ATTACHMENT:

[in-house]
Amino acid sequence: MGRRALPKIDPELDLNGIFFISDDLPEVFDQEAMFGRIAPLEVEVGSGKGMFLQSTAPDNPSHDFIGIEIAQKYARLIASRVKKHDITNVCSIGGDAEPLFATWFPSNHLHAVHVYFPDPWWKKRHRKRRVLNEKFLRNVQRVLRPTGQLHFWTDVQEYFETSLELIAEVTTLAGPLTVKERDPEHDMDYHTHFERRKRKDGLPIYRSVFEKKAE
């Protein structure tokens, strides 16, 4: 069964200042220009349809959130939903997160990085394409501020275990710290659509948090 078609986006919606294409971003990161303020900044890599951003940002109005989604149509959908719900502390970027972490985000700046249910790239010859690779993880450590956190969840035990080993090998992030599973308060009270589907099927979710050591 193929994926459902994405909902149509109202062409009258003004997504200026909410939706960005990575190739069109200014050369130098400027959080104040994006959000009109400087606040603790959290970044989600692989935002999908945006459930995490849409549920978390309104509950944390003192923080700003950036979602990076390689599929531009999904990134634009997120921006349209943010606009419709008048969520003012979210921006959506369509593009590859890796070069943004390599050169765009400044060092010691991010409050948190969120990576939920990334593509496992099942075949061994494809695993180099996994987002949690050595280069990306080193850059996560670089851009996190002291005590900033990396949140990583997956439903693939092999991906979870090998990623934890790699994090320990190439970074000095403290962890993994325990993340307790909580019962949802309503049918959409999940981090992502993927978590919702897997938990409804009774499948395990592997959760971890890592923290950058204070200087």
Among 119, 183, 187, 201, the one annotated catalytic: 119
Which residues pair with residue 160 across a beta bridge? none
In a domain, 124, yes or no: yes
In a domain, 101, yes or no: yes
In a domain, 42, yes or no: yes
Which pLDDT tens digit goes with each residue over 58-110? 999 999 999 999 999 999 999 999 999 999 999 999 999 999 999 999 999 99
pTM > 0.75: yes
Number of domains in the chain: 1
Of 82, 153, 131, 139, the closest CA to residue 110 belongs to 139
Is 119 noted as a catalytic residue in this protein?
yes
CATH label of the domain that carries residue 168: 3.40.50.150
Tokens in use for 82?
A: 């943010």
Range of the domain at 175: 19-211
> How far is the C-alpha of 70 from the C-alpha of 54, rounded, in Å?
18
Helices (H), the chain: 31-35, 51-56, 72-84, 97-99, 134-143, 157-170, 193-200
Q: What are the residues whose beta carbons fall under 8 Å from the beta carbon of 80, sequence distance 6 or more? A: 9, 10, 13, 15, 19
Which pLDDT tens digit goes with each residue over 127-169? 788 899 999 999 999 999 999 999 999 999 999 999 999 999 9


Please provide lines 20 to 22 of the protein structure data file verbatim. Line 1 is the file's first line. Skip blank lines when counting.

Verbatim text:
18
Helices (H), the chain: 31-35, 51-56, 72-84, 97-99, 134-143, 157-170, 193-200
Q: What are the residues whose beta carbons fall under 8 Å from the beta carbon of 80, sequence distance 6 or more? A: 9, 10, 13, 15, 19